To become the central function, the CEO’s goal of profitable revenue must become the undisputed marketing goal. Every top marketer needs a clear perspective on the company’s strategy (not brand strategy) based on industry trends, financial performance, value creation, technology, shareholder expectations, etc. CMOs know what customers want now. That makes a clever CMO a powerful sparring partner for the CEO. The door is wide open.

Aiming higher will also catapult more marketers to the firm’s top role. Each year, The Marketing Academy, McKinsey and I work with a selected group of CMOs on their way to CEO. Our research says it loud and clear: leader profiles of top CMOs and CEOs are very similar. If top marketers do their job well, the step to CEO is a small one indeed.

Top talent aims high. Today, just 13% of students say marketing will help them on their way to CEO, according to Marketing Week’s research. A stronger C-suite standing will ultimately give marketers more ammunition in the war for talent.

Shape real marketers

Despite all the academic buzz, marketing is an applied science. You can’t learn all marketing at a university. But you can’t ‘just do it’, either. Influencing customer behaviour is complicated. The best marketers know the proven principles, have hands-on experience, and know how to lead.

Unfortunately, the marketing profession fails to build rounded leaders. Instead, it produces MBA marketers and GaryVaynerchuk-style marketers, and neither will lift the profession’s standing.

MBA marketers spend years soaking up granular marketing skills. Joining a company often produces culture shock. In real life, people don’t always seem to care for the best answer. All of a sudden, it’s about convincing stakeholders. About fighting for resources. About quick fixes. My research with Patrick Barwise for our book The 12 Powers of a Marketing Leader shows technical marketing skills matter. But it’s leadership skills that explain over 50% of marketers’ success. Yet, universities keep producing marketing eggheads instead of business leaders.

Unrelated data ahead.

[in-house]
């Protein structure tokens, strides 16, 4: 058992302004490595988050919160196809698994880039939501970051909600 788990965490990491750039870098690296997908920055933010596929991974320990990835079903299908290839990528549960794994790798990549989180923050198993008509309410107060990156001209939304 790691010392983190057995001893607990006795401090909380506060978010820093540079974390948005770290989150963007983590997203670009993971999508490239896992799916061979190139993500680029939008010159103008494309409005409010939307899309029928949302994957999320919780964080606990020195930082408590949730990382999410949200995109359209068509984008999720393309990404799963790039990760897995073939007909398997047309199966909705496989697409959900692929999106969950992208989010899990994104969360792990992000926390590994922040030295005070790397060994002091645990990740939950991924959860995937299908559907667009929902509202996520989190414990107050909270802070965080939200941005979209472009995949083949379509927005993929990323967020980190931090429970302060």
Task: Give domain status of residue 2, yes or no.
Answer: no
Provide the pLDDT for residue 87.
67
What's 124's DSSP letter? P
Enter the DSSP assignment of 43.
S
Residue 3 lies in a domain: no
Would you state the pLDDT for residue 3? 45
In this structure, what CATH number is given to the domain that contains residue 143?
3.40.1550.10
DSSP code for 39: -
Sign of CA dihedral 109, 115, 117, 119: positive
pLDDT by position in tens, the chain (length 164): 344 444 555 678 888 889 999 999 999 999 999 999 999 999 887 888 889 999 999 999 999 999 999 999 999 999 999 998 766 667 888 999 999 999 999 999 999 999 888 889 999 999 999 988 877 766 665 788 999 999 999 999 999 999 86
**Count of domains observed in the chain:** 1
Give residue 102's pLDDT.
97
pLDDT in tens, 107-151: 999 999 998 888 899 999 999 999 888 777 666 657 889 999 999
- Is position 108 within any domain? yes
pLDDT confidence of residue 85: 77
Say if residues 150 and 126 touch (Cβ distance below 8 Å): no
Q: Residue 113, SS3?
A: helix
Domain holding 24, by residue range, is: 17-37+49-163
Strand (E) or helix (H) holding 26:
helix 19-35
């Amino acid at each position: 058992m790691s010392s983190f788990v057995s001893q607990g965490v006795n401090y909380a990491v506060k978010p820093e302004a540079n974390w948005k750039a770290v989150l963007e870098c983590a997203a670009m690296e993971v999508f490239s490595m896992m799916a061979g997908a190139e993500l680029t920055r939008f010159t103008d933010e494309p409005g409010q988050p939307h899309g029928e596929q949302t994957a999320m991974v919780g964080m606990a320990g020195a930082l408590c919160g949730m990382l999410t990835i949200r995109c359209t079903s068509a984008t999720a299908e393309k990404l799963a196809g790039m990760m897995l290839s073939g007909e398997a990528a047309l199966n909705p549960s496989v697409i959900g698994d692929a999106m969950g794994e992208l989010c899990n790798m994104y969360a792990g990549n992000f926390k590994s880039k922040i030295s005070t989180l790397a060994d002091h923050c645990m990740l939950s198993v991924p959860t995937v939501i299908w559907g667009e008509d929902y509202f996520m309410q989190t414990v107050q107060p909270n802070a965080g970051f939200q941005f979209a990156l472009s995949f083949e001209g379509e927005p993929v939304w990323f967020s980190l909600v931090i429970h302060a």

The Vaynerchuk-style marketer presents a different problem. After hearing that training is irrelevant, the marketer – equipped with mostly tactical social media skills – joins a firm, often in a support role like content management. As these marketers climb the ranks, they need to increasingly wing it as they go along. It’s hard to set prices if you’ve never done a conjoint analysis. Vaynerchuk-style marketers also overestimate their skills’ long-term value. The Financial Times found that, yes, employers value social media skills (that drive revenue). But once social media matures, these skills will fall back into the category that employers today put among the least important: ‘specialised marketing skills’.

Just imagine if we trained doctors as we train marketers. That is, we either just teach them theory, or we don’t require any training as long as they are talented in, say, giving injections. You would probably say, ‘That’s a crazy thought.’ After all, great doctors both adhere to proven standards and use their experience to treat patients. Why, then, are sloppy training standards OK in marketing, a firm’s most important function? The role that often determines company survival?

The leaders of the marketing profession need to formulate a completely new training approach – an integrated marketing education, combining rigorous university teaching with on-the-job training. This way, students learn the key principles, gain experience, and bring reality back into the classroom – just like doctors do.

Here’s my wish: I’d love for 10 world-leading CMOs to get together with 10 world-leading marketing universities to shape a new marketing curriculum. One that will match the rigour and standards of medical training. One that would produce CMO role models with high aspirations. One that would bring about the sea change required to make marketing a talent magnet again.

Never forget brand purpose rule #1: “do no harm!”